The cultural similarities between Germany and India are well known, especially with regards to the language. Linguists believe that Sanskrit and German share the same Indo-Germanic heritage of languages. A quick comparison indeed holds up theory - ratha in Sanskrit (chariot) is rad in German, aksha (axle) in Sanskrit is achse in German and so on. Germans have long held a fascination for Indology and Sanskrit. While Max Müller is still admired for his translation of ancient Indian scriptures, other German intellectuals such as Goethe, Herder and Schlegel were deeply influenced by Kalidasa. His poetry is said to have informed Goethe’s plays, and inspired Schlegel to eventually introduce formal Indology in Germany. Beyond the arts and academia, Indian influences even found their way into German fast food! Indians would recognise the famous German curry powder as a modification of the Indian masala mix. It’s most popular application is the currywurst - fried sausage covered in curried ketchup.

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Having lived in India for almost a decade, Isabelle has also noticed some broad similarities in the way children are brought up in the two countries. “We have a saying in South Germany ‘Schaffe Schaffe Hausle baue’ that loosely translates to ‘work, work, work and build a house’. I found that parents here have a similar outlook…to teach their children to work hard. They feel that they’ve fulfilled their duty only once the children have moved out or gotten married. Also, my mother never let me leave the house without a big breakfast. It’s the same here.” The importance given to the care of the family is one similarity that came up again and again in conversations with all German expats.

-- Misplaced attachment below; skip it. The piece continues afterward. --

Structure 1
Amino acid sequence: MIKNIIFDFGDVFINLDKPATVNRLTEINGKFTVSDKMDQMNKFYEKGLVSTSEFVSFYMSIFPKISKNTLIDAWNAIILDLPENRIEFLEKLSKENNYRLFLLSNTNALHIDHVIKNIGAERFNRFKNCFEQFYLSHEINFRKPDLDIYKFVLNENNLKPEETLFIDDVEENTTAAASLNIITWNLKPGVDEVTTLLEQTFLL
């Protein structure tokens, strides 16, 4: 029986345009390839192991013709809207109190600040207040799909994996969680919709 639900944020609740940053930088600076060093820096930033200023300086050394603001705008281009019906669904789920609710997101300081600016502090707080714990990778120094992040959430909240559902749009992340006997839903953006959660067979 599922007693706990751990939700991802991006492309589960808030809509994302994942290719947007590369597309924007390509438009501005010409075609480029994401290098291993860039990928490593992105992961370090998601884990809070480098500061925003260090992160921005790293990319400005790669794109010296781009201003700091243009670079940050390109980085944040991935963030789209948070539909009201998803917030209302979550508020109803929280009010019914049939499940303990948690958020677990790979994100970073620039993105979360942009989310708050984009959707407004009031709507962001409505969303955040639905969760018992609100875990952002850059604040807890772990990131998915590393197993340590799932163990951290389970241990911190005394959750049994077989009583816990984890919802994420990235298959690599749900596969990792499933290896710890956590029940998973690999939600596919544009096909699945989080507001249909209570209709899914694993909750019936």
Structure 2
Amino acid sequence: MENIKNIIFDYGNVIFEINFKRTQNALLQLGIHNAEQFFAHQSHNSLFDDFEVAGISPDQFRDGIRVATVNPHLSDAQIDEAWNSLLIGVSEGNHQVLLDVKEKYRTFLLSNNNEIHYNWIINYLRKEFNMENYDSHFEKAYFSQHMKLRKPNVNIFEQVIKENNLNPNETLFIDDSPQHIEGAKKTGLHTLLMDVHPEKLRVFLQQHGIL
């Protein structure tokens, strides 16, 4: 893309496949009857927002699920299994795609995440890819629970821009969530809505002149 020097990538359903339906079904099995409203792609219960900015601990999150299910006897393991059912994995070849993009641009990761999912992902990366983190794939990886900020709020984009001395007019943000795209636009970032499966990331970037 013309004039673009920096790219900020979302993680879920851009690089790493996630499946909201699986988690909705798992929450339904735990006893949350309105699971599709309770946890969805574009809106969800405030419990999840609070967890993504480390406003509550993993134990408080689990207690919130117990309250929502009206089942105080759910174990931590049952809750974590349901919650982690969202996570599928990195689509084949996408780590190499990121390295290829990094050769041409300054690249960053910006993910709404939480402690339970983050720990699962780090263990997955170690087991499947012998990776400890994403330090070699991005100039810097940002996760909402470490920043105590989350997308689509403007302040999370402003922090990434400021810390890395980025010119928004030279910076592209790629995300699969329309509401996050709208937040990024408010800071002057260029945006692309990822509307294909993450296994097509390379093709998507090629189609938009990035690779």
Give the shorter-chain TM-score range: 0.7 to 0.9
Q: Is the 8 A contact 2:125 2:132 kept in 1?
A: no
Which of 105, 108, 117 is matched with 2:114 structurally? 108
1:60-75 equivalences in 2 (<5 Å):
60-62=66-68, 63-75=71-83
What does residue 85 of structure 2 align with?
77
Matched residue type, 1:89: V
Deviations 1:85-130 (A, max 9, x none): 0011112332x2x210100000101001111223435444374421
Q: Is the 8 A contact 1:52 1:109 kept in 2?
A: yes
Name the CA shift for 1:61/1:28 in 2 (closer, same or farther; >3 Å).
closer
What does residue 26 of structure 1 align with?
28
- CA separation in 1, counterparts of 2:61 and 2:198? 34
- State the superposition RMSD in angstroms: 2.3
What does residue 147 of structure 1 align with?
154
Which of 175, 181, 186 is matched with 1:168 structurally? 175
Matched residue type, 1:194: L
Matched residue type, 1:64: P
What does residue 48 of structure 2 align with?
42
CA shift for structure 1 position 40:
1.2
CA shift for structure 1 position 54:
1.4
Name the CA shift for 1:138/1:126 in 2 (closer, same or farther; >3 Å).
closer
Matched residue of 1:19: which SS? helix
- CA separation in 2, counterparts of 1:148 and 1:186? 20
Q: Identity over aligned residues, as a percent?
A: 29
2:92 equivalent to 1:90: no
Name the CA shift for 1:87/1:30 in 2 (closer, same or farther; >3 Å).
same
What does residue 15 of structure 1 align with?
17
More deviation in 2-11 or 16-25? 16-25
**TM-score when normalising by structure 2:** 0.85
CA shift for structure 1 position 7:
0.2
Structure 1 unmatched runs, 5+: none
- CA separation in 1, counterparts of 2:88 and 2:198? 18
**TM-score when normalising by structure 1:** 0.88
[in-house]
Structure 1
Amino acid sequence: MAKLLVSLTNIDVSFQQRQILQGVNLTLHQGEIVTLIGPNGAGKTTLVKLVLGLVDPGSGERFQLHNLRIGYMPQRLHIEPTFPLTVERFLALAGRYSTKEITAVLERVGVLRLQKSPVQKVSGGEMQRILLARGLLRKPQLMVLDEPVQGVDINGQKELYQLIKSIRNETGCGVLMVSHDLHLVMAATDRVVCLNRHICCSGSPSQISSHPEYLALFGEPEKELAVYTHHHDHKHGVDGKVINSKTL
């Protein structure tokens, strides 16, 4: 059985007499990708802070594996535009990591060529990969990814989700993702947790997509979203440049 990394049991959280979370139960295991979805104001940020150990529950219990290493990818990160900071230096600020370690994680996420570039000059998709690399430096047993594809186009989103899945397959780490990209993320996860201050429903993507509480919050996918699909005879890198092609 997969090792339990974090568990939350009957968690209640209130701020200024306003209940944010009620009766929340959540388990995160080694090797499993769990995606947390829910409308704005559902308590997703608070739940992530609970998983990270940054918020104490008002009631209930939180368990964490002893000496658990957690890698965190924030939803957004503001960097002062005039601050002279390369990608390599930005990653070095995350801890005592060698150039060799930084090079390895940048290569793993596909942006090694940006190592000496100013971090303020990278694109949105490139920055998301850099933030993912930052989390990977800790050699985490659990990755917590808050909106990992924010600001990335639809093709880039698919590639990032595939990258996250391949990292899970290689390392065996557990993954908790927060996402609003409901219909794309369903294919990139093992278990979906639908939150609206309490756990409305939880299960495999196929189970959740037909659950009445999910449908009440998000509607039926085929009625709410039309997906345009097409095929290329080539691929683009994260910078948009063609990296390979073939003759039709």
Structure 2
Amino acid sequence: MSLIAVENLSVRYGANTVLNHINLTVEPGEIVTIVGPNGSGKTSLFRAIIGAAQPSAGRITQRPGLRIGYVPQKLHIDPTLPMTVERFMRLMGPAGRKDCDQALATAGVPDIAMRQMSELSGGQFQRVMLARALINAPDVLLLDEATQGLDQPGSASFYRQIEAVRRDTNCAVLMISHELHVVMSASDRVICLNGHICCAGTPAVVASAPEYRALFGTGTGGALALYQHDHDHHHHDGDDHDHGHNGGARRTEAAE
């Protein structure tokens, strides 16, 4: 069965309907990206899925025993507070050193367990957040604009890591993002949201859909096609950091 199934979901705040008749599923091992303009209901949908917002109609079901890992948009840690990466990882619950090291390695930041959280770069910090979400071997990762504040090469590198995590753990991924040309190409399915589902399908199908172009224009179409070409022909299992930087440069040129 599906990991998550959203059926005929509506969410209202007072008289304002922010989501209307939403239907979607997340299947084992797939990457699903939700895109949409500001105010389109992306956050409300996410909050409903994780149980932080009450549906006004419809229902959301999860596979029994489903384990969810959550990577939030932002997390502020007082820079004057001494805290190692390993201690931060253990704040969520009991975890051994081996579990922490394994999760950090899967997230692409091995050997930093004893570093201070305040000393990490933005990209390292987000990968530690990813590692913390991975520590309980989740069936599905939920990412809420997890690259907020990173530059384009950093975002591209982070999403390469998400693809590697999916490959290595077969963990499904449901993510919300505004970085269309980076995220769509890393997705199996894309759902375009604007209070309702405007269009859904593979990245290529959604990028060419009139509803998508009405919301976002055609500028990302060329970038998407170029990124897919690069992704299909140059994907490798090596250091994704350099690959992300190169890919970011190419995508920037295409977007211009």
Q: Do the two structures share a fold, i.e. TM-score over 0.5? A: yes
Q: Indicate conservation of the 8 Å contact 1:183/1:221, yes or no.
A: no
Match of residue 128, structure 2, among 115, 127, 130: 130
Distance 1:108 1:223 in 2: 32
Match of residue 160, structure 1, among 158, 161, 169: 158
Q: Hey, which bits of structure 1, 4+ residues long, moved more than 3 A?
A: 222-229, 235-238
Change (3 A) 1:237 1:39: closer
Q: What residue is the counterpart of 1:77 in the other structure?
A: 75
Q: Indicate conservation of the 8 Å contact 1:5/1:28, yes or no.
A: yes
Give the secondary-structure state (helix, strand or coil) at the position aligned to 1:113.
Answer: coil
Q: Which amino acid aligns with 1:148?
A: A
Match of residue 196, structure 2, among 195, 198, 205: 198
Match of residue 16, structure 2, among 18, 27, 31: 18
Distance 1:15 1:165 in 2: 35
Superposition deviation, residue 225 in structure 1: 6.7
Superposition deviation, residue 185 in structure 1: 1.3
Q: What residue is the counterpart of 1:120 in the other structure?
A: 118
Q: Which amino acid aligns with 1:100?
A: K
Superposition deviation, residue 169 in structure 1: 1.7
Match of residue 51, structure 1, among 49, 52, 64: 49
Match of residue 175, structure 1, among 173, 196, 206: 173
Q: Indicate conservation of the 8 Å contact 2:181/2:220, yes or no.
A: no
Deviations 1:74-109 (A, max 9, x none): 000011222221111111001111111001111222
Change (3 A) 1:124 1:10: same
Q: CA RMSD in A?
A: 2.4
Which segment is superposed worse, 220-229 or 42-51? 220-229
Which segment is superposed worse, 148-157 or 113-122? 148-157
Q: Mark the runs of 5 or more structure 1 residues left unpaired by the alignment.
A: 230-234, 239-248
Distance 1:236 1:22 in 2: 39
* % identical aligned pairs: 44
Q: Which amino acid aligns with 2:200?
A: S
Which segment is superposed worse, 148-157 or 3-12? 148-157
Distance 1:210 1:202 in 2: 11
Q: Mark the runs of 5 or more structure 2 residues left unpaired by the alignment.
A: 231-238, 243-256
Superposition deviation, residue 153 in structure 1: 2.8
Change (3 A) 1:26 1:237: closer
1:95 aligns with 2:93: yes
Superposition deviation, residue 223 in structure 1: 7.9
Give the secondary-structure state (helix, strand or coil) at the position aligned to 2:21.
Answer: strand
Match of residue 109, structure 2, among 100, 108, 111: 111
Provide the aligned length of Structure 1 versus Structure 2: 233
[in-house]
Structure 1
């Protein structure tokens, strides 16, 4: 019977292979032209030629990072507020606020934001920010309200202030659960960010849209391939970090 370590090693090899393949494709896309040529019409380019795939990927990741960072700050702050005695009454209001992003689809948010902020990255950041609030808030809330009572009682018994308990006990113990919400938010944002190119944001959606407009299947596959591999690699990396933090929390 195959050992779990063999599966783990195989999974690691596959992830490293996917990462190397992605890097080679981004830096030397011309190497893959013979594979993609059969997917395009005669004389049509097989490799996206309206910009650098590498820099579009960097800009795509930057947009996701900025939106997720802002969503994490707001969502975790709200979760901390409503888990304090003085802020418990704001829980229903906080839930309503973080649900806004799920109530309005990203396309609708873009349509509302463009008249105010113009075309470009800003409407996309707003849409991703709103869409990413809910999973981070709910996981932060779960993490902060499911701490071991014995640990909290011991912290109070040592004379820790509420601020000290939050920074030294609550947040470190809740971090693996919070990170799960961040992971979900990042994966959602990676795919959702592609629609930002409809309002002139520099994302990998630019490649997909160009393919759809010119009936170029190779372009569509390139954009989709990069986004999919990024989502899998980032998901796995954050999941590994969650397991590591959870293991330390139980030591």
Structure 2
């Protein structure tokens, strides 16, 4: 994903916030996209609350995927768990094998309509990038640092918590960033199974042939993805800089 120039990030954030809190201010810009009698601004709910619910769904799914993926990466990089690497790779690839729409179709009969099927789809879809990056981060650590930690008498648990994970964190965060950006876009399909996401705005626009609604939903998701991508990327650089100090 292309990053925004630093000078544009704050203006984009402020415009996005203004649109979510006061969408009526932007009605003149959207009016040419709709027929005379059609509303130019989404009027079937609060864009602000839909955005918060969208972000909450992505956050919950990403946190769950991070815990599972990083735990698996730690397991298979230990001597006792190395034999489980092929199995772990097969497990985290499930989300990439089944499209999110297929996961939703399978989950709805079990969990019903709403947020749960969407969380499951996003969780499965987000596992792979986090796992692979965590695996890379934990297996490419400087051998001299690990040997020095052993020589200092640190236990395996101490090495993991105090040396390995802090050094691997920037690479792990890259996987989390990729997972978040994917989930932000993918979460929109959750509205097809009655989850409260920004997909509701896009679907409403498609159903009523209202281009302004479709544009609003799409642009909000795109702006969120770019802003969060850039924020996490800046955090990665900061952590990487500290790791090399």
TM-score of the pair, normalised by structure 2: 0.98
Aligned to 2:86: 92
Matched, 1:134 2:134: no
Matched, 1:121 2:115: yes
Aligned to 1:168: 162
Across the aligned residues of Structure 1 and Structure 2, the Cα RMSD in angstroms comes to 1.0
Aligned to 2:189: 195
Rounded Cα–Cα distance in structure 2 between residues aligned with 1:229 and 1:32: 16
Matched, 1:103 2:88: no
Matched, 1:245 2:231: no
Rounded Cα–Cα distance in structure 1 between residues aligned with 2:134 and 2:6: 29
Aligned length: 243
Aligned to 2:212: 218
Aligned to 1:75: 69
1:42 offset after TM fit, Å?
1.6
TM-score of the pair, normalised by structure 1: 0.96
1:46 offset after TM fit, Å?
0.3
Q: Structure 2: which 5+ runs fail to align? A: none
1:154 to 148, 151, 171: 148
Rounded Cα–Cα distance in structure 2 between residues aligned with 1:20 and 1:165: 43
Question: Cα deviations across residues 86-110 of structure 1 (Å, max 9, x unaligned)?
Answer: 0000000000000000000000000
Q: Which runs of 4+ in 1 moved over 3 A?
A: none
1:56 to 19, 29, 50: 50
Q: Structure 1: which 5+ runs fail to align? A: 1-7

While most people wouldn’t draw parallels between German and Indian discipline (or lack thereof), Germans married to Indians have found a way to bridge the gap. Take for example, Ilka, who thinks that the famed differences of discipline between the two cultures actually works to her marital advantage. She sees the difference as Germans being highly planning-oriented; while Indians are more flexible in their approach. Ilka and her husband balance each other out in several ways. She says, like most Germans, she too tends to get stressed when her plans don’t work out, but her husband calms her down.

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This article was produced by the Scroll marketing team on behalf of Lufthansa as part of their More Indian Than You Think initiative and not by the Scroll editorial team.